Wednesday, May 4, 2011

Ralph's Story

This is the story of Ralph, a small dog who taught me a big lesson. Ralph, a Jack Russell mix,  was adopted from the Wisconsin Humane Society a few months ago. In late March he escaped from his nice adopted home. A shy little guy, he was starting to live the good life, after a rocky start. But somehow he got away from home and was lost. Confused, disoriented, shy. Sounds like me when I would get lost in a department store when I was young, separated from my parents.

 People ask us why there seems to be so many more lost dogs now, than say, ten years ago. Well, we know a few reasons. There are far more rescued dogs (a great thing). But many of these can be shy puppy mill dogs. Also, there are far more undersocialized pet store dogs. Since pet stores often sell their puppies at a very young age; they have missed an important socialization period in their development with their mother and littermates. Plus, there are more foster homes and transports. These are very vulnerable periods in a dog's life before he gets to his permanent adoptive home. These reasons add up to what we call more "high flight risk dogs" and more potential for lost dogs.

Anyways, back to Ralph's story. This little guy was lost from a Milwaukee suburb called Bayview. He was sighted numerous times during his disappearance but was never able to be approached.

On a warm Sunday in April, I was on my way home from Racine with my dog after a flyball event when I got a call from the director of Lost Dogs of Wisconsin. A Facebook fan had just posted a report of a deceased dog on the shoulder of I-94 northbound between Chicago and Milwaukee, just north of Racine. She was unable to stop but gave us a good description of the location and the dog. The description sounded like a dog that is one of my "still missing" cases from August 2010, so I made a quick turnaround and went back to look. Even from the southbound lanes I could see it wasn't my case, but I exited and re-entered the freeway to get a better look and at least a picture of the deceased dog.

We have learned that different municipalities have different policies regarding the identification and removal of dead dogs. Some good, some not so good. So, worried that somebody may never have closure for the loss of their dog, I put the lifeless little body in the back of my SUV and headed to the nearest 24 hour vet clinic to have it scanned for a microchip.

As I drove, I thought about all the thousands of cars and trucks that had passed that poor little deceased dog on the shoulder. I wondered what all those people thought.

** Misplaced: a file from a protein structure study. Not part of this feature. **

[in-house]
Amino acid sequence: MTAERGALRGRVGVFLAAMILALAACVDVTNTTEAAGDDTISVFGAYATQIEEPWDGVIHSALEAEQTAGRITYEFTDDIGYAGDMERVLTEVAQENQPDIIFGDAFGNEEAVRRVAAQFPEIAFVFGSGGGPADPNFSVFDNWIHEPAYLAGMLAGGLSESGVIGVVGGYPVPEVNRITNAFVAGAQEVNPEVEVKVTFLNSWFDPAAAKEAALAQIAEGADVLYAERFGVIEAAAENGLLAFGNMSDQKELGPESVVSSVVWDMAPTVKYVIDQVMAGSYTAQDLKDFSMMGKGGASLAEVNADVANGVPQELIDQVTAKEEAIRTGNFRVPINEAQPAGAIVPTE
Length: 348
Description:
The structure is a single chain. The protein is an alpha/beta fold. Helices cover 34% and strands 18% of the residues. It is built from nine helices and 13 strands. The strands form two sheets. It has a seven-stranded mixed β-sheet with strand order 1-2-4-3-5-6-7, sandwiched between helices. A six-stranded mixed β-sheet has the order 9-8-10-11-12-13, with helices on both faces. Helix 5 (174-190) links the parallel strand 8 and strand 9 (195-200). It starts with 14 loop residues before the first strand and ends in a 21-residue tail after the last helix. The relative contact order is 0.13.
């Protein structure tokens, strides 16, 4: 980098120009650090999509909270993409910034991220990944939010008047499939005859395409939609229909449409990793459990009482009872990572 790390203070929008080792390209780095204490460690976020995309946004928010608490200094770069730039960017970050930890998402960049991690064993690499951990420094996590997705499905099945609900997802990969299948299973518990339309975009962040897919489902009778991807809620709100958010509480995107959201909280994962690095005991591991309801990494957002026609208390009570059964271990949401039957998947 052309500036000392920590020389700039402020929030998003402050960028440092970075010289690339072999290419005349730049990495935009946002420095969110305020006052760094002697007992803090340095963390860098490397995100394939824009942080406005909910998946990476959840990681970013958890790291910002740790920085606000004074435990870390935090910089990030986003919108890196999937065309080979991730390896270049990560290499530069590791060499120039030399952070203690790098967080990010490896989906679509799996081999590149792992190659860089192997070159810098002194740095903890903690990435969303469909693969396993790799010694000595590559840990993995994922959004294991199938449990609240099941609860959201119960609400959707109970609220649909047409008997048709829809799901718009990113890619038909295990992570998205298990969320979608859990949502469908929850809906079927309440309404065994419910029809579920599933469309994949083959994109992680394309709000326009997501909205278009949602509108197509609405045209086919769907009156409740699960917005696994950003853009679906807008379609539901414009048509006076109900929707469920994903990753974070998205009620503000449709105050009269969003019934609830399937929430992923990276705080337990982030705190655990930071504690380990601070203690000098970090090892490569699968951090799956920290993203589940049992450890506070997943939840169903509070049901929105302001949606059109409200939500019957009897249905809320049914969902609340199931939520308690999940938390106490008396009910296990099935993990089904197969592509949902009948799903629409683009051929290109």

" A dumped dog, no collar, somebody probably threw him out of a car."
" Some careless person had him in the back of a pickup truck and he jumped out."
" Some heartless farmer was letting their dog run around without a collar."
"A stray dog, unloved and unwanted."
"Another sad case of animal neglect. How could people be so horrible?"

 It was pretty obvious to me what had happened. A lost dog had made a poor choice about crossing I-94. Most of the way, there is a large grassy shoulder. But for about a 100 feet alongside where his body was,  there was a concrete barricade along the edge. He probably made a quick dash across the freeway, but had to turn back from the barricade and got clipped by a vehicle. His small body was barely damaged.

The vet clinic immediately picked up a microchip with the scanner. When I got home and called the microchip company; it was Ralph, one of our other caseworker's cases. Other than matching colors, he looked nothing like the picture we had posted above.

I realized that without that microchip, I might have thought the same thing as all those people. I'm not sure I ever would have recognized him from his picture. He looked more like a cattle dog cross than the puppyish dog in the photo above. I probably would have had him cremated and Ralph may have stayed forever in our Still Missing file.

The owners were devastated. They met me the next morning to retrieve his body. Ralph had travelled 20 miles from their home. They had had a sighting in Racine a couple of days previously, but it was easy to discount it because it seemed so far.

Please, everyone, today - go take good standing shots of your pets from all angles. And get your pets microchipped! If they are already microchipped, make sure it is enrolled to YOUR name (not the shelter or rescue which could go out of business) with current contact information. Heaven forbid, you should ever need those precautions, but if you do, you'll be ready. And above all please, Think Lost - Not Stray (a trademarked quotation of Kat Albrecht of the Missing Pet Partnership).

Rest in peace, Ralph. You were really, really loved by your family.

1 comment:

  1. Awww, you made cry....I know this pain of losing your dog. The pain and guilt of not finding them until it's too late...God bless you all for the wonderful things you do for the dogs and us, their other family....